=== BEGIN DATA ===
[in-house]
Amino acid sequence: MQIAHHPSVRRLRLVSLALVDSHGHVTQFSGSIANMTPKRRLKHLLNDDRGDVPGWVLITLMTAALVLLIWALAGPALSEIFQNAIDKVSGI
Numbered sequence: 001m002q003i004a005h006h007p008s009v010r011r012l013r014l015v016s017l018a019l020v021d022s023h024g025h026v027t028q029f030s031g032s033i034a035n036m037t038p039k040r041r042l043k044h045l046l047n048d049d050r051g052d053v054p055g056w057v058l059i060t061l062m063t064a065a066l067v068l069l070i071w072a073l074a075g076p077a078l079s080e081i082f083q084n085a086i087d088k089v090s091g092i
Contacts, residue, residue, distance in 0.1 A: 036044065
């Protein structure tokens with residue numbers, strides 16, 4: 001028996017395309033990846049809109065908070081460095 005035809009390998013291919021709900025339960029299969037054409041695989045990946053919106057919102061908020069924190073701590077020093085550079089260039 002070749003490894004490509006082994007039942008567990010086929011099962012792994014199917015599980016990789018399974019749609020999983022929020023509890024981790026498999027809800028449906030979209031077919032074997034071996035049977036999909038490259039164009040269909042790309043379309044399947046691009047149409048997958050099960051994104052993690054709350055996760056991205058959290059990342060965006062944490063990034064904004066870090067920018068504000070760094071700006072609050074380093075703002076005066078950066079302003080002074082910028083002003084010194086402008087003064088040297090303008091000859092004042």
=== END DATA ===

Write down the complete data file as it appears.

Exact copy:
[in-house]
Amino acid sequence: MQIAHHPSVRRLRLVSLALVDSHGHVTQFSGSIANMTPKRRLKHLLNDDRGDVPGWVLITLMTAALVLLIWALAGPALSEIFQNAIDKVSGI
Numbered sequence: 001m002q003i004a005h006h007p008s009v010r011r012l013r014l015v016s017l018a019l020v021d022s023h024g025h026v027t028q029f030s031g032s033i034a035n036m037t038p039k040r041r042l043k044h045l046l047n048d049d050r051g052d053v054p055g056w057v058l059i060t061l062m063t064a065a066l067v068l069l070i071w072a073l074a075g076p077a078l079s080e081i082f083q084n085a086i087d088k089v090s091g092i
Contacts, residue, residue, distance in 0.1 A: 036044065
């Protein structure tokens with residue numbers, strides 16, 4: 001028996017395309033990846049809109065908070081460095 005035809009390998013291919021709900025339960029299969037054409041695989045990946053919106057919102061908020069924190073701590077020093085550079089260039 002070749003490894004490509006082994007039942008567990010086929011099962012792994014199917015599980016990789018399974019749609020999983022929020023509890024981790026498999027809800028449906030979209031077919032074997034071996035049977036999909038490259039164009040269909042790309043379309044399947046691009047149409048997958050099960051994104052993690054709350055996760056991205058959290059990342060965006062944490063990034064904004066870090067920018068504000070760094071700006072609050074380093075703002076005066078950066079302003080002074082910028083002003084010194086402008087003064088040297090303008091000859092004042």